And maybe you’ll say you won’t miss her and maybe
     you’ll practice forgetting her name;
But whenever someone gets their britches in a bunch about the
     budgets of Irv Levy—
Kina will be here that way.

final chorus
Mamas don’t let your babies grow up to be Kinas,
Don’t let ‘em run meetings or searches too much,
Let ‘em be ranch hands and farm hands and such.
Mamas don’t let your babies grow up to be Kinas,
They’ll never set still, no they always will roam—
Roam from a place where she’s loved.

-sung by The Vocal Band at the completion of Kina‘s five-year tenure as Gordon’s associate provost. Kina was recently appointed president of Reinhart University. Congratulations. No barmaid, she.
Vocal band members are self, Oliver, Norm, Steve and, on the electric ivories, Graeme.

Corrupted Lyrics – To All The Grads I’ve Flunked Before

-after Willie Nelson & Julio Iglesias

Willie / N. Jones:
To all the grads I’ve flunked before
Who traveled in and out my door
I’m glad they came along
I dedicate this song
To all the grads I’ve flunked before

Julio / M. Stevick:
To all the grads I once assessed
And may I say I’ve failed the best
So much they didn’t know
Their GPAs were low
Yes, all the grads I’ve flunked before

-chorus-
The Gordon grads are always failing
Though they begged me for an A
Gordon grads continue failing
The failing grade is going to stay

-Willie/Jones:
To all the grads who skipped my class
Then said they simply had to pass
To them my ears were deaf
I handed them an F
To all the grads I’ve flunked before

-Julio/Stevick:
To all the grads who loved to cheat
Or begged me for an incomplete
Although they weren’t smart
They live within my heart
Oh, all the grads I’ve flunked before

-chorus-
The Gordon grads are always failing
Though they begged me for an A
Gordon grads continue failing
The failing grade is going to stay

BOTH: To all the grads we’ve flunked before
Willie/Jones: The freshman and the sophomore
BOTH: We marked their answers wrong
And dedicate this song
To all the grads we’ve flunked before

BOTH: To all the grads we’ve flunked before
Julio/Stevick: Poor junior and the sen-i-or
BOTH: We know them all by heart
We’ll always be a part
Of all the grads we’ve flunked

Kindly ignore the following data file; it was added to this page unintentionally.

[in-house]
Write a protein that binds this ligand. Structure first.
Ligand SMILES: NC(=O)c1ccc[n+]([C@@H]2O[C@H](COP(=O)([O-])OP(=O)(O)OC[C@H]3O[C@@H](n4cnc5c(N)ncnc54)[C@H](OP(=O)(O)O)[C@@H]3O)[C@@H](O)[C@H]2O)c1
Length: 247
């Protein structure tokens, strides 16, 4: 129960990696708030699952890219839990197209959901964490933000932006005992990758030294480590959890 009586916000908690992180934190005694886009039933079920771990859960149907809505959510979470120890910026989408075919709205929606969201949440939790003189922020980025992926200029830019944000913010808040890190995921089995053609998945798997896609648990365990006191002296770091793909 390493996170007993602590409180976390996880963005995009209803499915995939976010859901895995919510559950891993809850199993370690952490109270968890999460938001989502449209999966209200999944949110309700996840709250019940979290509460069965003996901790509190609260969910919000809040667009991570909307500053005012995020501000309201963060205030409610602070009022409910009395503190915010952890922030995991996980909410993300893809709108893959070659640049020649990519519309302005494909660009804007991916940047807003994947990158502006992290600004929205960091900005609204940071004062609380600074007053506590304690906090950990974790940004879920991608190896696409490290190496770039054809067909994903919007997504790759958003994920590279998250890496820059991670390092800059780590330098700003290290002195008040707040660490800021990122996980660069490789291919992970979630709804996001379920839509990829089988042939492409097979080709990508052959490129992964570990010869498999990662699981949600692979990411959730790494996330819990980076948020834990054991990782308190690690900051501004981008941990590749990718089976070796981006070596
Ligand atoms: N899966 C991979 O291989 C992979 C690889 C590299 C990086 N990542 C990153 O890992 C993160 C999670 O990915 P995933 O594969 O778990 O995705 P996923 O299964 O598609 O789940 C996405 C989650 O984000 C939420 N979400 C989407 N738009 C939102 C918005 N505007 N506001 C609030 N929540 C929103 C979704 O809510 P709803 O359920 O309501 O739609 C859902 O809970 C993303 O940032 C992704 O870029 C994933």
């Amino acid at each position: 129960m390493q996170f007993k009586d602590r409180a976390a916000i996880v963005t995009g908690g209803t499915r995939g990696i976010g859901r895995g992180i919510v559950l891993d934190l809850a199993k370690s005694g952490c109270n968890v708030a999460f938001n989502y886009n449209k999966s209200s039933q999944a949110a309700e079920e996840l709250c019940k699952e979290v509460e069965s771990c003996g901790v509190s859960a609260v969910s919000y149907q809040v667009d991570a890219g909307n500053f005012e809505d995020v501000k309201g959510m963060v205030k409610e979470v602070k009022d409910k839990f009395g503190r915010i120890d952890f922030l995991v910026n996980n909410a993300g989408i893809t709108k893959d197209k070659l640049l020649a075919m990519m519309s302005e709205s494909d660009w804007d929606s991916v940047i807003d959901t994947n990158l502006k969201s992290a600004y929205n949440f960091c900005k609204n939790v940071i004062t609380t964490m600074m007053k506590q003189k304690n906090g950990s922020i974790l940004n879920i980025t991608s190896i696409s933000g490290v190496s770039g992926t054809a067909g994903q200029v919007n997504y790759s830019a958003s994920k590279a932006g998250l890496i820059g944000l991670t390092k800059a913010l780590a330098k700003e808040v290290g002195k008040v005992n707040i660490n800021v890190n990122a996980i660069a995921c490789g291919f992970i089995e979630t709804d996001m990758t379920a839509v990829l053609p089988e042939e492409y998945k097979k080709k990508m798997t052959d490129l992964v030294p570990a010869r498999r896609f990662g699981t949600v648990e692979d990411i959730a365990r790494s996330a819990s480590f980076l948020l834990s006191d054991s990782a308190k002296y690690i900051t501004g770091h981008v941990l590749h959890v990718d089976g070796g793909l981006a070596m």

Before

-sung in the manner of Willie and Julio at the Nodrog or the Black & Blue Review, with Graeme Bird on piano. Pic from The Nodrog.

Corrupted Lyrics – Registrationville

Registrationville [to the tune “Margaritaville”]

Sign up for classes.
Slow as molasses;
Every semester I cry out to God;
No financial clearance,
No chapel appearance;
This whole registration—it smells like the quad.

Chorus
Wastin’ away again in Registrationville,
Searchin’ for my lost schedule for fall,
Some people claim that my advisor’s to blame—
But I know – it’s my own darn fault.

v2
Academic probation,
Grade point of a crustacean,
How it got there I haven’t a clue;
Pulled twenty all-nighters,
Eating pretzels from Snyders,
When I woke up, my classes were through.

Chorus

v3
I saw Carol Herrick,
I was so hysteric,
She told me the deadline had passed—I’m too late;
You’ll need a petition,
Instructor’s permission,
At this point I’ll have to attend Salem State.

Chorus

v4
I’m inside the chapel,
Drinkin’ my Snapple,
Kenny says my attendance was small;
Called Chaplain Carmer,
And here’s the alarmer—
Those trips to Starbucks didn’t count at all.

Chorus

v5
I tried Web advising,
I’m soon realizing,
I can’t even get Scottie Mail from my dorm.
Computer keeps crashing,
I feel like Mac-bashing,
A message from Jud on the screen says “No Porn.”

Chorus

v6
Filled with elation,
No chapel probation,
My advisor will really be thrilled;
I’m no belly-acher,
But here’s the heartbreaker,
The classes I wanted are already filled.

Chorus
Wastin’ away again in Registrationville,
Searchin’ for my lost schedule for fall,
Some people claim that my advisor’s to blame—
But I know –
It’s my own darn fault.

-The references are dated; the routines persist. In yore years, students were issued losable registration cards.
Sung at 255 Grapevine, or Nodrog, or Black & View Review (or all three) by writers Mark Frederick, Norm Jones, and self–and backed by Eric Convey on drums, Steve Crowe on sax, Little Taylor Jones on basket. Our “band” was known as Communication Breakdown.